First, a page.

Do Leaders Motivate or Demotivate?

Business problemsI have written about the connection between leadership and motivation in the past, but I have not coupled that with the connection between leadership and demotivation.

By the way, just because my spell checker keeps underlining the word “demotivate” does not mean it’s an illegal word. It is not in many dictionaries, like Websters, but it does exist in some of them, like The Cambridge Dictionary.

There is even an organization ( Despair Inc. ) that sells demotivating posters and other strange products. I love their motto, “Motivational products don’t work, but our demotivational products don’t work even better.”

There is also a fun website completely devoted to demotivation.

In this article, I reveal some truths and myths about how leaders motivate and demotivate.

My thesis on motivation is that leaders really cannot motivate individuals. When leaders use the word “motivate” as a verb, as in “We need to motivate the team,” it is incorrect usage.

What leaders do is create the culture in which people react with high motivation. A prime example is when leaders create an inspiring vision, shared values, and an environment of high trust, where people feel valued.

Motivation comes from within an individual, and a person working in a culture of trust is more likely to feel motivated.

Once motivation is generated within someone, that person owns it. The sad truth is that the precious commodity can be snatched away from that individual as quickly as a seagull can snatch a discarded scrap of bread at a beach picnic.

I believe that leaders can easily eliminate the motivation within a person. Many leaders are masters at it, demonstrating their skill numerous times a day.

Taking away the motivation of an individual is easier than doing the Chicken Dance.

Here is my top 10 list of things that leaders do to demotivate people at work. See if you agree, and let me know if you have pet peeves of your own to add to the list.

1. Trivialize what an individual is doing or make fun of the employee

2. Claim credit for the good work of an employee

3. Give an assignment, then micromanage the employee

4. Ignore the employee when he or she does some spectacular work

5. Punish the employee who brings up a concern

6. Play favorites or appoint a relative to a position of power over others

7. Insult the employee by drawing attention to what he or she cannot do

8. Engage in sexual or other forms of harassment with the employee

9. Set impossible goals and berate the employees for missing them

10. Demand honesty from the employees but demonstrate low integrity him or herself

In reality, there are thousands of ways a leader or manager can demotivate an individual who has already been inspired to become motivated.

Elite leaders realize that the way to encourage top performance is to set up conditions such that individuals motivate themselves, and then stand out of the way and let them turn the motivation into positive action for the organization.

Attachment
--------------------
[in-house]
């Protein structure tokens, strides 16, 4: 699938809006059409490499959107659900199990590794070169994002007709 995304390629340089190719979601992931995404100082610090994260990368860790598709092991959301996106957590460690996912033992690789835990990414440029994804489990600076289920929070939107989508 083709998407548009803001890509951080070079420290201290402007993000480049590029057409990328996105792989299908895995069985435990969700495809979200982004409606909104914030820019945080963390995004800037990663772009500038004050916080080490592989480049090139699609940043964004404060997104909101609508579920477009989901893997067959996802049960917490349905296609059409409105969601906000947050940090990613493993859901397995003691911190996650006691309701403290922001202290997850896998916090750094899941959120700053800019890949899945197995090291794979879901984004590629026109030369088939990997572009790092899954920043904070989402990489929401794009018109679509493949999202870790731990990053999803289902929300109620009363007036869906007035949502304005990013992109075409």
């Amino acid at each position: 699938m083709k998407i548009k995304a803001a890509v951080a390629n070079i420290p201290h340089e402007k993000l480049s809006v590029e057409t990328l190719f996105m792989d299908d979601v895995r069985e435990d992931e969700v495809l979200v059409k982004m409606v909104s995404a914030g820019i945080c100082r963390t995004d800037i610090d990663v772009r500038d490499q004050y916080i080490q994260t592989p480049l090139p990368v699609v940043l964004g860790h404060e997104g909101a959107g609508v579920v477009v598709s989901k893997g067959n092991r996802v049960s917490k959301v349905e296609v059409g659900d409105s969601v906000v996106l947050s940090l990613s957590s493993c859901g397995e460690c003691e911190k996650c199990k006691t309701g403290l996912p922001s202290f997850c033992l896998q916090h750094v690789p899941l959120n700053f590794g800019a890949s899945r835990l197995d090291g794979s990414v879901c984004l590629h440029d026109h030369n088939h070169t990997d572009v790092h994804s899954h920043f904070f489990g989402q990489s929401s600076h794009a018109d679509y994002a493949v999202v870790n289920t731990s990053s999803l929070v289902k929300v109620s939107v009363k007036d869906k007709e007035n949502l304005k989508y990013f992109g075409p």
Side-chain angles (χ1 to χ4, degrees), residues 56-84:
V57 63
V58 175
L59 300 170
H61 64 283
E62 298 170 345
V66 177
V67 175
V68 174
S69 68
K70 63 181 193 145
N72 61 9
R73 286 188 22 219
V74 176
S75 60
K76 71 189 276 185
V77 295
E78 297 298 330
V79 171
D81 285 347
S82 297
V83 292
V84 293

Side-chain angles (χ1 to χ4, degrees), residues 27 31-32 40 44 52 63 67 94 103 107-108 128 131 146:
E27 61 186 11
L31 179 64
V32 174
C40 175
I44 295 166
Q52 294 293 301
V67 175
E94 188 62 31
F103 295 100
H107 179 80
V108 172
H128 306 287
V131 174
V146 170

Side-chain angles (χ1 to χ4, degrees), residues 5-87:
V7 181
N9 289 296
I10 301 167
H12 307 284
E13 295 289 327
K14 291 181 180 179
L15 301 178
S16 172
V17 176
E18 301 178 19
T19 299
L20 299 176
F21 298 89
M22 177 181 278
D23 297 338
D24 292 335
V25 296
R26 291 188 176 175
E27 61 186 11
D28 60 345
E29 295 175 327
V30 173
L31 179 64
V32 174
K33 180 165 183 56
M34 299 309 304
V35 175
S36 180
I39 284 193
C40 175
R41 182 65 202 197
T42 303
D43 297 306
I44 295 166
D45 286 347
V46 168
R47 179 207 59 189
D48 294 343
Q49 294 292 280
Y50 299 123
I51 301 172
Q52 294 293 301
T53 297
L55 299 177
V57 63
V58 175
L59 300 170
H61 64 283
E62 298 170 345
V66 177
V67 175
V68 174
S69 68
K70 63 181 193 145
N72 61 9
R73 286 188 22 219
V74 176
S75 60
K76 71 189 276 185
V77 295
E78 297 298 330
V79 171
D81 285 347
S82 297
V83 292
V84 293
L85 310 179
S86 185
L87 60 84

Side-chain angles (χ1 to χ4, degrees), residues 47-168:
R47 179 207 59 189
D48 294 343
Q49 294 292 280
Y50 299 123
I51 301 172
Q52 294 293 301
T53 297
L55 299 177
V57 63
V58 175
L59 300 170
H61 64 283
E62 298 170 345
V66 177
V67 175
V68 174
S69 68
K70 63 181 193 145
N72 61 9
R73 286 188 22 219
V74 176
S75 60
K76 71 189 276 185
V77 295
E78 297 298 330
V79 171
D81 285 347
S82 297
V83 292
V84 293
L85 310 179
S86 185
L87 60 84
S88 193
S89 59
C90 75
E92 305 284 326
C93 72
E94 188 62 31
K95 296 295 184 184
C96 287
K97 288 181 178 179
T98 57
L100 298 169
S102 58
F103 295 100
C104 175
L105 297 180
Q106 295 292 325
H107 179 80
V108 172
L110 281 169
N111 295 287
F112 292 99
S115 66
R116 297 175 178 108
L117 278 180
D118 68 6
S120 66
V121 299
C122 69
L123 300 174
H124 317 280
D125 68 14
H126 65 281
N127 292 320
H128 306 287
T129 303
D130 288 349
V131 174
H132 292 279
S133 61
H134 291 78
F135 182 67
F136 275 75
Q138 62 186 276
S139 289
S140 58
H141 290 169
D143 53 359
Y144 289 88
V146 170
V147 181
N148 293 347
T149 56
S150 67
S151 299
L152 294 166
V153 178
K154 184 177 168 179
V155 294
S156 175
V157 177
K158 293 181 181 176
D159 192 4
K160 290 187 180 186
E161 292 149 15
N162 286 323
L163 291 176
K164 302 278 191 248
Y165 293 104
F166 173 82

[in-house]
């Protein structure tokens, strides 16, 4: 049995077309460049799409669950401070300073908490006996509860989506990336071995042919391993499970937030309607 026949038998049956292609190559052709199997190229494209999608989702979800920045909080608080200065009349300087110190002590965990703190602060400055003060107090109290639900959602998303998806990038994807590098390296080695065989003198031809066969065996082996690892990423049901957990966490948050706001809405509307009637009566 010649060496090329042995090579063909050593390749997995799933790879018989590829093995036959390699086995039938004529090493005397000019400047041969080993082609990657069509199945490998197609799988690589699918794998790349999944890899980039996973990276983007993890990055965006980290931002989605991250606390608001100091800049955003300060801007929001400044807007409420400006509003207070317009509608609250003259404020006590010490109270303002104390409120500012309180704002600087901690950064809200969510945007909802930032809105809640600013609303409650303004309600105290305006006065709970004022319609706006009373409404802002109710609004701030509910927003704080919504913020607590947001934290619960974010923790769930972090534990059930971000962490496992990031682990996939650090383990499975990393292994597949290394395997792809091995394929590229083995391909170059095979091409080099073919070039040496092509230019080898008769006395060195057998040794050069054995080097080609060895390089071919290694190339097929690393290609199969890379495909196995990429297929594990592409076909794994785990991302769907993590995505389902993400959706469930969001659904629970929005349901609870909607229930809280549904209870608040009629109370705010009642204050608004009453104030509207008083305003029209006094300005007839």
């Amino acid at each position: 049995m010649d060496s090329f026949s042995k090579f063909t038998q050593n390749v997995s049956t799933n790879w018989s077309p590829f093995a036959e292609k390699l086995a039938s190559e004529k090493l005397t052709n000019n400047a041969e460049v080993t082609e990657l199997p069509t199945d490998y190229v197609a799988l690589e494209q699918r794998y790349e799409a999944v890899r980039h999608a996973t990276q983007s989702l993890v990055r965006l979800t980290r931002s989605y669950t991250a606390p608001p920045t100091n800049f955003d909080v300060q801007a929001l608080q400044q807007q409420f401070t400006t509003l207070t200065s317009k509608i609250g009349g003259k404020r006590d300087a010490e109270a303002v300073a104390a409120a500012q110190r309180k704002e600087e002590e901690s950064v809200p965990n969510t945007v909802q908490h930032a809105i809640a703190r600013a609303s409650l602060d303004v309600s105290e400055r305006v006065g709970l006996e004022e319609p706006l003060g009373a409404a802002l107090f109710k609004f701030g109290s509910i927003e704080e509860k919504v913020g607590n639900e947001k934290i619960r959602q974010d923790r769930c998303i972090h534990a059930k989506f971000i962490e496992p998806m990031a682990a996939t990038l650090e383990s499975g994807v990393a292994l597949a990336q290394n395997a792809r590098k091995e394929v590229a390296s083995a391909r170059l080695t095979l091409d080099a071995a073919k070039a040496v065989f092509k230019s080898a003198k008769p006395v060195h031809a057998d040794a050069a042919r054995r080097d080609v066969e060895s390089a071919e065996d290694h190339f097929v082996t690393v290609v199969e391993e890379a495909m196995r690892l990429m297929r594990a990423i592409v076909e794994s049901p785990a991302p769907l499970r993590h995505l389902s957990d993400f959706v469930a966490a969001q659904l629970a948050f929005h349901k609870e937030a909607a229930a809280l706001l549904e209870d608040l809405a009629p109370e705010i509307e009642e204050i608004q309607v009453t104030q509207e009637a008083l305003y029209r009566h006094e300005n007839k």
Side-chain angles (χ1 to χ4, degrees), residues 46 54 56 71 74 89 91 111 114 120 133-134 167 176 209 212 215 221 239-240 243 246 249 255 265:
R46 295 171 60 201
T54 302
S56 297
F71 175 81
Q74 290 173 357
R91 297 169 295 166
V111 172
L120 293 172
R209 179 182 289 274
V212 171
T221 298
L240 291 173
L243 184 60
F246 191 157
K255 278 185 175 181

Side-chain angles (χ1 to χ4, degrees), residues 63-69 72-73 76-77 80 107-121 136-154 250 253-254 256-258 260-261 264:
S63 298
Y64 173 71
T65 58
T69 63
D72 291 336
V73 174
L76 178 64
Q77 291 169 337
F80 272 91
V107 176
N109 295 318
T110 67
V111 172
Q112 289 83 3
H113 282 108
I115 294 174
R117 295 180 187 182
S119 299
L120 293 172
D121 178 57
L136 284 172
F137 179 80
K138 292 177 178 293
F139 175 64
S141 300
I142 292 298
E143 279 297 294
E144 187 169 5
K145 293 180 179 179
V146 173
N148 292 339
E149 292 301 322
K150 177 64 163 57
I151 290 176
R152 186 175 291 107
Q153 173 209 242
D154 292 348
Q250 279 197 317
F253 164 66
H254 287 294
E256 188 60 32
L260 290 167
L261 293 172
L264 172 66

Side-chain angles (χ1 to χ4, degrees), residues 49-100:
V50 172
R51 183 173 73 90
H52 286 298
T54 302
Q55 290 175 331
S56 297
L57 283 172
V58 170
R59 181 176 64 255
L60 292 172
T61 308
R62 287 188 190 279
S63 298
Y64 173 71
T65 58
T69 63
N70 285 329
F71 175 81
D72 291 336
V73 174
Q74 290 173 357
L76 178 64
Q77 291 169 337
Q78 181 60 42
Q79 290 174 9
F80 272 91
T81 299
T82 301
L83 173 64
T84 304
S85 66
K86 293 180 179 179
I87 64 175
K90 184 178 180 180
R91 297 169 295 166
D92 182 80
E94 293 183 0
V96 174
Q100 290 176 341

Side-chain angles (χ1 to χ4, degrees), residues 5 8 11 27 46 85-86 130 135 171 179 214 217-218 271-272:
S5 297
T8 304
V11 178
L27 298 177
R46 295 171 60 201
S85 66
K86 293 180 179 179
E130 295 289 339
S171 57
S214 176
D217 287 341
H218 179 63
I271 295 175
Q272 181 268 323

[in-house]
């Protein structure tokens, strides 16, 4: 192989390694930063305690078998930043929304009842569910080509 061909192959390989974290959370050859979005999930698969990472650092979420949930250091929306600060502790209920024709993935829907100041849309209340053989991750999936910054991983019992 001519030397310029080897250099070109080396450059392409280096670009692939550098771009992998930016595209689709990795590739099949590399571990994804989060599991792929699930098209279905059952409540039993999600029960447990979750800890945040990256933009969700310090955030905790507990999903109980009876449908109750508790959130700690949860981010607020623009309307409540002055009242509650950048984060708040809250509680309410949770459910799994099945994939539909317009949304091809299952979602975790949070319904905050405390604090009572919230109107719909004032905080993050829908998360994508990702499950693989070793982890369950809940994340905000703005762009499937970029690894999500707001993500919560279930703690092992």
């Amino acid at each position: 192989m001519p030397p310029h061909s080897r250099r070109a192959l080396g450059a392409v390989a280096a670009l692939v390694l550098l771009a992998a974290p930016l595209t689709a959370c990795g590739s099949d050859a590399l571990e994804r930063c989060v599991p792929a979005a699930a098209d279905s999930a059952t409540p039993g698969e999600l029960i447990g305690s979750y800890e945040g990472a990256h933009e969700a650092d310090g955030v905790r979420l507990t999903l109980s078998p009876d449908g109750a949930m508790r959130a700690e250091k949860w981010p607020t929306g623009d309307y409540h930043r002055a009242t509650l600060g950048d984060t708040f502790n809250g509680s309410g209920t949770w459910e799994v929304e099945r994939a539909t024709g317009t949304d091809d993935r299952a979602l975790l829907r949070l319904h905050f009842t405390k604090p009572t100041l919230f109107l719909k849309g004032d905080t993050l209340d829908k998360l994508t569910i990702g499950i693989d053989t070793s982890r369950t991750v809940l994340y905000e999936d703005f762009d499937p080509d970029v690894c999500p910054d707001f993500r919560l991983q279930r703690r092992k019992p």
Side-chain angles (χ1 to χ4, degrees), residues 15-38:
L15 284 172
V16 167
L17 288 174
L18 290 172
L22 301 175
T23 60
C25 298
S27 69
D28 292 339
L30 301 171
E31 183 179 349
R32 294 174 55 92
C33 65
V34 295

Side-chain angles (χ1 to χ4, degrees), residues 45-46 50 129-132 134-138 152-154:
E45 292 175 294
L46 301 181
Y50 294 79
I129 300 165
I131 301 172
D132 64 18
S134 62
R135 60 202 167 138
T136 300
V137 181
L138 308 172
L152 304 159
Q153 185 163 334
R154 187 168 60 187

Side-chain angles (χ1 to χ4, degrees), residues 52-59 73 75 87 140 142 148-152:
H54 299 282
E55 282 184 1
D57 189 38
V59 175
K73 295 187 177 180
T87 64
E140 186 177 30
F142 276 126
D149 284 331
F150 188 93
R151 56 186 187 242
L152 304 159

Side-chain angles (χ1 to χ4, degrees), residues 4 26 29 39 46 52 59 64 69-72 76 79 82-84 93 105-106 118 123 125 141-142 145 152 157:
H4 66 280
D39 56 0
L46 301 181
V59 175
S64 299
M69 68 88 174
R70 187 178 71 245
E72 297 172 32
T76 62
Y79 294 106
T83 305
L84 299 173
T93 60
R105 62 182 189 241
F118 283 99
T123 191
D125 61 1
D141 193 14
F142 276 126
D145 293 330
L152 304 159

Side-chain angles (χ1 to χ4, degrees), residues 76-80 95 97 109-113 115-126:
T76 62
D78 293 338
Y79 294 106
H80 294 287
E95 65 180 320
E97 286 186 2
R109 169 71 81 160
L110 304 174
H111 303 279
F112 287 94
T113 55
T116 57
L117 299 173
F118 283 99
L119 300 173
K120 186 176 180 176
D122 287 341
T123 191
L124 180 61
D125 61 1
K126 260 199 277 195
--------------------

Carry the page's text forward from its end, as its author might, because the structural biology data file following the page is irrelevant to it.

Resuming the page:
My advice for leaders is to create enduring trust, which is the environment for high motivation, and then when motivation occurs, don’t kill it.

12 Responses to Do Leaders Motivate or Demotivate?

  1. Bob Vanourek says:

    Great insights, Bob. Other ways leaders demotivate: Being cynical; Talking about someone behind their back; Muttering about higher-ups; Breaking rules you hold others accountable for; Enjoying perks others don’t have; and so many more.

    • trustambassador says:

      Great additions, Bob. Thanks.
      I suppose the list is as endless as the list of creative bosses who find it difficult to live by a set of shared values.

  2. Andrew Brady says:

    Great list, Bob. You mention the importance of creating shared values, and I think that most of these demotivation tactics come down to values. When your actions are not consistent with the values you aspire to (or claim to have) people see through your talk and see you as inauthentic. Nobody is motivated to work for an inauthentic leader or at an inauthentic company.

    Also, as the commenter above notes, cynicism one of the easiest ways to kill the culture. Thanks for sharing!

  3. trustambassador says:

    Thanks Andrew. Bob Vanourek made that comment about cynicism, He is a good friend of mine. He and his son Gregg wrote “Triple Crown Leadership.” I call it the best leadership book since Good to Great.

  4. John Babb says:

    Hi Bob, this is a good article. I believe that leaders can inadvertantly and very quickly become the architects of wholesale demotivation, in addition to the list that you compiled and that others have contributed to I would like to add; leaders who seek to ‘defend the indefensible’, whether it be the actions of a favoured colleague who has displayed or engaged in inappropriate language or behaviour and those leaders who clearly manipulate organisational practice (although not in a criminal sense) for their own personal advancement.

    • trustambassador says:

      Thanks, John. Those are good additions. I think they both come under the heading of poor ethics. You are so right, it is easy to spot when a leader is rationalizing to get a convenient position on some issue. It is a very fast trust buster.

  5. Paolo says:

    The fear of being overwhelmed by new, port manager to clip the wings of the most promising employees;
    taking advantage of the hierarchical position and influence organizational ensures the immobility of the system

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